US H254 H
A method is disclosed for increasing the volume yield of expanded vermiculite obtained by exfoliation of vermiculite ore particles. The method comprises the sequential steps of applying vegetable oil to the vermiculite ore particles and thermally exfoliating the vermiculite ore particles.
1. A method for increasing the volume yield of expanded vermiculite ore particles comprising the sequential steps of applying about 0.1% to about 1% by weight of a vegetable oil to said particles, based on the weight of said particles, at a temperature below that at which said ore particles undergo exfoliation and thermally exfoliating said ore particles in an expansion oven or expansion furnace.
2. A method of claim 1 wherein said vegetable oil is selected from the group consisting of soybean oil, castor oil, corn oil, sunflower oil, palm oil, cottonseed oil, peanut oil, olive oil, and fatty acids derived therefrom.
3. A method of claim 2 wherein said vegetable oil is soybean oil.
4. A method of claim 1 wherein said vegetable oil is sprayed onto said particles as said particles are tumbled in a rotating mixer.
5. A method of claim 1 wherein said particles are thermally exfoliated at a temperature in the range of about 1100° F. to 1900° F.
The present invention relates to the exfoliation of vermiculite ore and more particularly to a method whereby the volume increase upon exfoliation of the vermiculite ore can be increased.
Vermiculite ore is well known for its capacity to undergo expansion to several times its original volume when subjected to elevated temperatures. The process of expanding vermiculite ore by heating is referred to as thermal exfoliation. This process is generally a continuous procedure in which vermiculite ore particles are fed into an expansion kiln or oven, heated rapidly to temperatures in the range of 1100° F. to 1900° F., and the resultant expanded vermiculite product removed from the heating zone as additional unexpanded material is introduced. The expanded vermiculite has a wide variety of well known uses, including use as an aggregate in plaster and concrete formulations, a thermal insulator, an extender in fertilizers and soil mixes, an inert carrier for chemicals, a packaging material, and as roughage or filler in animal feeds.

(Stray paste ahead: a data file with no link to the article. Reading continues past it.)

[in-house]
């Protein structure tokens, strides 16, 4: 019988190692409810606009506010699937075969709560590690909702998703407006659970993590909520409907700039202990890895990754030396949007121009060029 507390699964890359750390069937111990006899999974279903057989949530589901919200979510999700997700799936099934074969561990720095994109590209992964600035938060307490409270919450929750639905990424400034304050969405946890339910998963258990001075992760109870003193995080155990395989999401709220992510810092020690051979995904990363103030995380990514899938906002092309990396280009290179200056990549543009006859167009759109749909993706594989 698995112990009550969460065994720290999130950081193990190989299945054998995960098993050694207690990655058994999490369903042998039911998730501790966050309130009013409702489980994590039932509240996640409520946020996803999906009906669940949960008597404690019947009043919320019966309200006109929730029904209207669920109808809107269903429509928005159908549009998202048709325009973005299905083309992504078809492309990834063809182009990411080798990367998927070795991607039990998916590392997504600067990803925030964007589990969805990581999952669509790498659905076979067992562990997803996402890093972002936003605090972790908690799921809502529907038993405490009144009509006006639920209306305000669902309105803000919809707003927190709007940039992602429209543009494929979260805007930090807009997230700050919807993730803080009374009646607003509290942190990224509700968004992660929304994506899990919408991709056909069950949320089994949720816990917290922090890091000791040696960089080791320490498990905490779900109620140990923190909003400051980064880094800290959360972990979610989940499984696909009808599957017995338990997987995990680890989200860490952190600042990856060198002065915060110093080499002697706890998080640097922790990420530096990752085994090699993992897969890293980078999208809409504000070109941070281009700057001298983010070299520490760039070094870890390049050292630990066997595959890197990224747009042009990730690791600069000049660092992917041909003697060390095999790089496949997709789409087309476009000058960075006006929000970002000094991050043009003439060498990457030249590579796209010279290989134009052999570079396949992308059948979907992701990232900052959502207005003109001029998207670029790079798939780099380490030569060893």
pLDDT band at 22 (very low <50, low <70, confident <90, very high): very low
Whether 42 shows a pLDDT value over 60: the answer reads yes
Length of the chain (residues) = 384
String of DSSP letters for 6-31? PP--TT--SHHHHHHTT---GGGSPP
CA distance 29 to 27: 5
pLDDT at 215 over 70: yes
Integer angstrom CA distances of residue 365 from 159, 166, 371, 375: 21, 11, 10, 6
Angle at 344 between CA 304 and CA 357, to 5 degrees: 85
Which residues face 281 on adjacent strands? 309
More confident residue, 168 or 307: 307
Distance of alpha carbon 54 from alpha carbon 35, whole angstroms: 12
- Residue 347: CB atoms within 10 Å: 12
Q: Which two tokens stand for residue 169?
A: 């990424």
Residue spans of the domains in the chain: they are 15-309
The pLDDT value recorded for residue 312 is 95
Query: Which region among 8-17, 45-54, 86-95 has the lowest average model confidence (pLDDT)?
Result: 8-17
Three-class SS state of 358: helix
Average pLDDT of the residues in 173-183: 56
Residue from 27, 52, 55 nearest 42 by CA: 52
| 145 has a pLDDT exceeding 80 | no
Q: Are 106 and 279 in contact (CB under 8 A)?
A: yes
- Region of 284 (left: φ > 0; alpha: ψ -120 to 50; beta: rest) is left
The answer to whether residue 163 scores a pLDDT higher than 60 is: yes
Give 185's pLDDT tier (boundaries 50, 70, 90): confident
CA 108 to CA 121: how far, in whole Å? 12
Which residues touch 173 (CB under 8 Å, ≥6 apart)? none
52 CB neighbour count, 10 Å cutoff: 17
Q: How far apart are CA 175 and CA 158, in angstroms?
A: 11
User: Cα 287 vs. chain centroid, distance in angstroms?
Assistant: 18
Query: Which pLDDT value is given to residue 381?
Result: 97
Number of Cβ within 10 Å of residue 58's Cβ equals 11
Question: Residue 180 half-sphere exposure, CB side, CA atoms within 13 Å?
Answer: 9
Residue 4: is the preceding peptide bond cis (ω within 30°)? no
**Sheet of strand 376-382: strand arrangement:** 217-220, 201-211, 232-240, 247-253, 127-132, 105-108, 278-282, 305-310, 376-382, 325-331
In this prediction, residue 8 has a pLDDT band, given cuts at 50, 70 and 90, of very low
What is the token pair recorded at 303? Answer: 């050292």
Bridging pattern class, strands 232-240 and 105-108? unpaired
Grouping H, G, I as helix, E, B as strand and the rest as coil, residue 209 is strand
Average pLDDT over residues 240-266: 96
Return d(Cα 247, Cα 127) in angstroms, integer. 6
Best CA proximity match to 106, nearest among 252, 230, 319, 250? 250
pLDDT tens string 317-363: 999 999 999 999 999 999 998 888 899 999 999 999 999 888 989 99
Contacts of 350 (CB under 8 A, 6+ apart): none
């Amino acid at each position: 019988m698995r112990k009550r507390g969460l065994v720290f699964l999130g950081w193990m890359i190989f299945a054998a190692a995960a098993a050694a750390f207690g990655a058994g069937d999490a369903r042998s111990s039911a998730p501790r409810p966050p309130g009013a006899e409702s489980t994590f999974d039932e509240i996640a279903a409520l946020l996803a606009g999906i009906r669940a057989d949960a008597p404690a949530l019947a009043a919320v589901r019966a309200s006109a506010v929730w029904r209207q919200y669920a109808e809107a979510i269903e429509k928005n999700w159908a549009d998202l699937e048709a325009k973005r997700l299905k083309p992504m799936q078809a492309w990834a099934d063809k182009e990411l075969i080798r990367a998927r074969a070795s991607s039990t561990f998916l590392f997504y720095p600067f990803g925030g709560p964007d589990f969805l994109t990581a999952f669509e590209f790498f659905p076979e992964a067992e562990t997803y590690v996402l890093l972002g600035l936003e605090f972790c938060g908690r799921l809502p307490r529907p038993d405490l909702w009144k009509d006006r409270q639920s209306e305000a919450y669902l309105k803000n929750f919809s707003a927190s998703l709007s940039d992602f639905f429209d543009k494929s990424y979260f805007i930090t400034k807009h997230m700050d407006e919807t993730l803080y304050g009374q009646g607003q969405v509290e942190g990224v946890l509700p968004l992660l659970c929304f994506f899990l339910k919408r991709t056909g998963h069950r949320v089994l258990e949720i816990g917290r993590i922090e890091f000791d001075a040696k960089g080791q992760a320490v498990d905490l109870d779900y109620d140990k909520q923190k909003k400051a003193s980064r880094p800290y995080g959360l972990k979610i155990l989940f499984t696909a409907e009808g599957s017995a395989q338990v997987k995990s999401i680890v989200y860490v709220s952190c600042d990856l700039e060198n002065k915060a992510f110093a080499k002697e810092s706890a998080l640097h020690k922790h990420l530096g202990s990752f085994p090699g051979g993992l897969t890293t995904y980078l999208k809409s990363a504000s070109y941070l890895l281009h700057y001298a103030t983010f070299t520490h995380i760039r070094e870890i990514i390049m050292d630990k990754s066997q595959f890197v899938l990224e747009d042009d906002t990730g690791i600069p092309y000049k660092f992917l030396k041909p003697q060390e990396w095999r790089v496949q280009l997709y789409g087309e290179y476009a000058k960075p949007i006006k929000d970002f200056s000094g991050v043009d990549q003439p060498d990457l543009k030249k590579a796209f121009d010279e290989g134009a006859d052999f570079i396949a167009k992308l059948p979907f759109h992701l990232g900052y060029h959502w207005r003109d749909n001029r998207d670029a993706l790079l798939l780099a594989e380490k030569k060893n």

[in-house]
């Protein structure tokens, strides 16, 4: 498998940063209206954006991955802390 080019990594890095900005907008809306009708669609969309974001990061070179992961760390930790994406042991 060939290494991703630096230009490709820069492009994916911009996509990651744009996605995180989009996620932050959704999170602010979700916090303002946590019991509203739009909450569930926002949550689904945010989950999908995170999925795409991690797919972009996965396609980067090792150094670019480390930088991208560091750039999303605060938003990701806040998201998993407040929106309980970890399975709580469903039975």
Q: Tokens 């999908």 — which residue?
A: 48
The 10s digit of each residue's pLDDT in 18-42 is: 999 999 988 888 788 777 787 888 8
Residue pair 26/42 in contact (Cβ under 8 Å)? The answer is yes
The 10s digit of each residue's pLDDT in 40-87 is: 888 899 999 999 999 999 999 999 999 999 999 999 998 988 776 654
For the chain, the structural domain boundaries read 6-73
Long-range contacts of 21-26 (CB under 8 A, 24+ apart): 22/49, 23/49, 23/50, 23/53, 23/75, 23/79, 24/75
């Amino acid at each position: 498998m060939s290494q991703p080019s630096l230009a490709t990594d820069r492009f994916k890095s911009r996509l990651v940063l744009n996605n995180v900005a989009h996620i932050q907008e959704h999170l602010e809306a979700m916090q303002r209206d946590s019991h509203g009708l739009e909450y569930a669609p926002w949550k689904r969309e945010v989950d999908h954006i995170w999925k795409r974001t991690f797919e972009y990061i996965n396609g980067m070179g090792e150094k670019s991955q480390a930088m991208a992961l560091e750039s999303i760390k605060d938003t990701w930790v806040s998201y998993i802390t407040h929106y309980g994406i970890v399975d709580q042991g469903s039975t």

In reference to thermal exfoliation of vermiculite, it is common in the art to refer to the "yield" obtained by exfoliation, this being the volume of expanded vermiculite, when loosely accumulated without compression of the expanded particles, obtained from an initial weight of unexpanded ore. Since expanded vermiculite is generally sold on a volume basis, it proves economically advantageous to the producer to maximize the yield.
The present invention is directed toward a method for significantly increasing the yield of expanded vermiculite obtained by exfoliation of vermiculite ore. The method of this invention comprises the steps of applying a vegetable oil to unexpanded vermiculite ore particles and thermally exfoliating the ore to which the oil has been applied. It has been discovered that volume yield increases of up to about 9% can be attained with the present method. Volume yield increases in the range of about 4% to 7% are normally attained, although this range may vary as a function of the particular oil, water content of the vermiculite, and the origin of the vermiculite ore. As specified hereinafter, the yield increases are obtained with the application of relatively small quantities of vegetable oil, thus making the present method economically attractive.
In accordance with the present method, the vegetable oil should be uniformly applied to the vermiculite ore so as to provide an approximately equal amount of oil on each particle. This can be conveniently and accurately controlled by spraying the oil onto the ore particles and agitating or tumbling the particles as the oil is applied. Spraying a fine mist of the oil onto the particles as they are tumbled in a rotating mixer such as a cannister, drum or paddle blender is the preferred method. Spray application also facilitates modulation of the quantity of oil applied, so as to provide the desired uniform application using a minimal quantity of oil.
The oil is normally applied at ambient temperature, although it may be applied at elevated temperatures, e.g., by pre-heating the oil or by applying the oil to the vermiculite in a heated environment. Elevated temperatures may be advantageous, for example, for purposes of lowering the viscosity of the oil and thereby facilitating the spraying process or the distribution of the oil on the ore particles. The elevated temperature should, however, be substantially below that at which the vermiculite undergoes exfoliation, inasmuch as the oil or, more specifically, the oil temperature is not used to expand or promote expansion of the vermiculite.